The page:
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Showing posts from November, 2009

More Moomins

A friend once said that the thing she loved about Japan was that the Japanese loved every season, and made a great effort to celebrate holidays and seasons with specific rituals. As a person who enjoys holidays, and who finds meaning participating in the ritual of the Christian year, I feel a kinship with the Japanese. As humans, we respond to the larger, uncontrollable mysteries of life with stories, with food, with a renewed sense of connection to each other and to the world around us.

It is easy, with the early darkness and the frost on our windshields and the necessity of coats and thicker socks, to complain about the dying of the year and the coming of winter.

Here is a must-read this time of year: Tove Jansson’s Moominvalley in November. Where her other Moomin books have been characterized by happy bohemianism and quirky, midsummer adventures, this book is not afraid to deal with the stark and empty season that comes once a year.

It is raining steadily upon the tall dark trees. D…

Tribute to the Past

As I may have mentioned before, we read very little in high school: one novel a year, one play, four poems and a few short stories. I’ve blamed my slow literary education on this very weak introduction, but as I’ve begun to remember the quality of the short stories we read, I’ve realized they aren’t bad - one by Italo Calvino, another by Roald Dahl. I am beginning to think my head was submerged in something all through high school.

We read Lord of the Flies in Matric, senior year. I remember that. Ralph standing on his head. Jack. Piggy. The Conch. The dead parachutist stuck in the tree tops, his parachute eerily billowing around him. Junior year we read a book by South African writer Richard Rive called ‘Buckingham Palace’, District Six. By the end of the term, after our essays and multiple choice tests, we were all heartily sick of Buckingham Palace, but recently I’ve been feeling nostalgic and hoping to get a hold of a copy. It’s out of print (of course) and I can’t imagine what Sea…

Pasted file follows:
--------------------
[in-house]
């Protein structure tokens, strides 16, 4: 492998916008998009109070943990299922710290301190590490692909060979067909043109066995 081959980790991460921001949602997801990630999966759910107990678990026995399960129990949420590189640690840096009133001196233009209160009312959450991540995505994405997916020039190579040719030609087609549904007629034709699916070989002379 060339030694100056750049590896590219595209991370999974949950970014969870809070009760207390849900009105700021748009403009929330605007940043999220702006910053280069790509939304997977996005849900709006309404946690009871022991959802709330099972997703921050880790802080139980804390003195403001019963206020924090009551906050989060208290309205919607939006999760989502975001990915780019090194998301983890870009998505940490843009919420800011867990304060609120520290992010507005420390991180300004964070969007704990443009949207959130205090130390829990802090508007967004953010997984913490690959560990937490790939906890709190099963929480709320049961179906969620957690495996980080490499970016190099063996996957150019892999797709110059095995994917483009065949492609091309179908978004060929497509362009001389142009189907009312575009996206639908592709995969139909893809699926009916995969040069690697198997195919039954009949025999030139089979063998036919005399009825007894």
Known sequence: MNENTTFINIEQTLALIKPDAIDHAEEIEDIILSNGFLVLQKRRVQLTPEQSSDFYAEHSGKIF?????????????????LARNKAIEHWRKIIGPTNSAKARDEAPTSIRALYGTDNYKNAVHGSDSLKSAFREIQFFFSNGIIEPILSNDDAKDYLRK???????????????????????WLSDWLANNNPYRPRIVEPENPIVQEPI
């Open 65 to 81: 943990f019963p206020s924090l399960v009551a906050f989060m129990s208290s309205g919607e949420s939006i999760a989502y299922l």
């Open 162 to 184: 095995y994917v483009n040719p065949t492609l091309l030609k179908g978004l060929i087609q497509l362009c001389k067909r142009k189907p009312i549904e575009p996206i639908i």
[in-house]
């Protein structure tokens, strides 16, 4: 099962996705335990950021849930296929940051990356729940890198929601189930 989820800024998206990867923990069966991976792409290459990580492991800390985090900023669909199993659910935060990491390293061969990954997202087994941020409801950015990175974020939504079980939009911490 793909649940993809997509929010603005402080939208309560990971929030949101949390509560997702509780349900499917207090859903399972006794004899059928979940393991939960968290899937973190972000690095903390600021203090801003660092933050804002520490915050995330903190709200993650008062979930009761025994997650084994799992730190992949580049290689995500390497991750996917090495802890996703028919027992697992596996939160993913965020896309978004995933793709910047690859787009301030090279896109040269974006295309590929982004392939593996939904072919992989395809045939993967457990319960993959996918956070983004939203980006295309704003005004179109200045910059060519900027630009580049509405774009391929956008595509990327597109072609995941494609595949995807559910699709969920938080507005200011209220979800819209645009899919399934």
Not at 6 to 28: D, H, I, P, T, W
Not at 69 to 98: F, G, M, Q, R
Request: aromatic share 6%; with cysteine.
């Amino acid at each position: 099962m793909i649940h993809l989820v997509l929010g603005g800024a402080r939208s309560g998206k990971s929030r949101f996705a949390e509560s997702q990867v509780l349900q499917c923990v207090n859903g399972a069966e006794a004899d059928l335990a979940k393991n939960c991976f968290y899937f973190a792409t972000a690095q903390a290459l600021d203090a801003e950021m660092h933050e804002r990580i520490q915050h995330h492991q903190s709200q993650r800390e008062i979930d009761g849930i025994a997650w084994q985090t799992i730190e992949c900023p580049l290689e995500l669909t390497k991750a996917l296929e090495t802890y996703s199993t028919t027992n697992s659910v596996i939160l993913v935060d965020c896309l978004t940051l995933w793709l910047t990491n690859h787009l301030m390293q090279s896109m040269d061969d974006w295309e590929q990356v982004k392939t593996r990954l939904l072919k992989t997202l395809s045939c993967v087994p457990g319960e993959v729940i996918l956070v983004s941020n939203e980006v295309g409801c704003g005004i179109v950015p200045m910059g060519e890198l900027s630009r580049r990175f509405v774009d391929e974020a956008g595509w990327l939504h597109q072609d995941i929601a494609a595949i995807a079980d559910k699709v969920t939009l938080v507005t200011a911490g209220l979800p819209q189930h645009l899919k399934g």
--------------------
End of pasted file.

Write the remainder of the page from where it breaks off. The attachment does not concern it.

La Vie Francaise

I have been bitten by a Frog.

I suppose it's been dormant ever since three days in Paris nearly six years ago, revived briefly by watching Amelie, and by those Berlitz language tapes I still have in my car.

Kristin and I finally watched Kristin Scott Thomas in Philippe Claudel's Il y a longtemps que j'aime, or I've Loved you for So Long, after being tantalized by previews of women with tear-stained faces yelling "pourQUOI" very loudly at each other. We do this sometimes when feeling particularly emotive.

Juliette (Scott Thomas) emerges from fifteen years in prison. Her sister Lea, years younger than Juliette, is thrilled to have her long-absent sister back, but Juliette's bleakness is ghostly in comparison to Lea's shy delight and full life.



It was worth the wait. We sat on the edge of our seats, completely absorbed in the unimportant daily conversations that occur against the backdrop of this significant sometimes unmentioned past, while characters gra…

That Old Homesick Feeling

I may be biased, but I think South African history is one of the most fascinating I have had the opportunity of learning. Learning the Groot Trek year after year got old, but that was much preferable to the annual onslaught of Holocaust videos.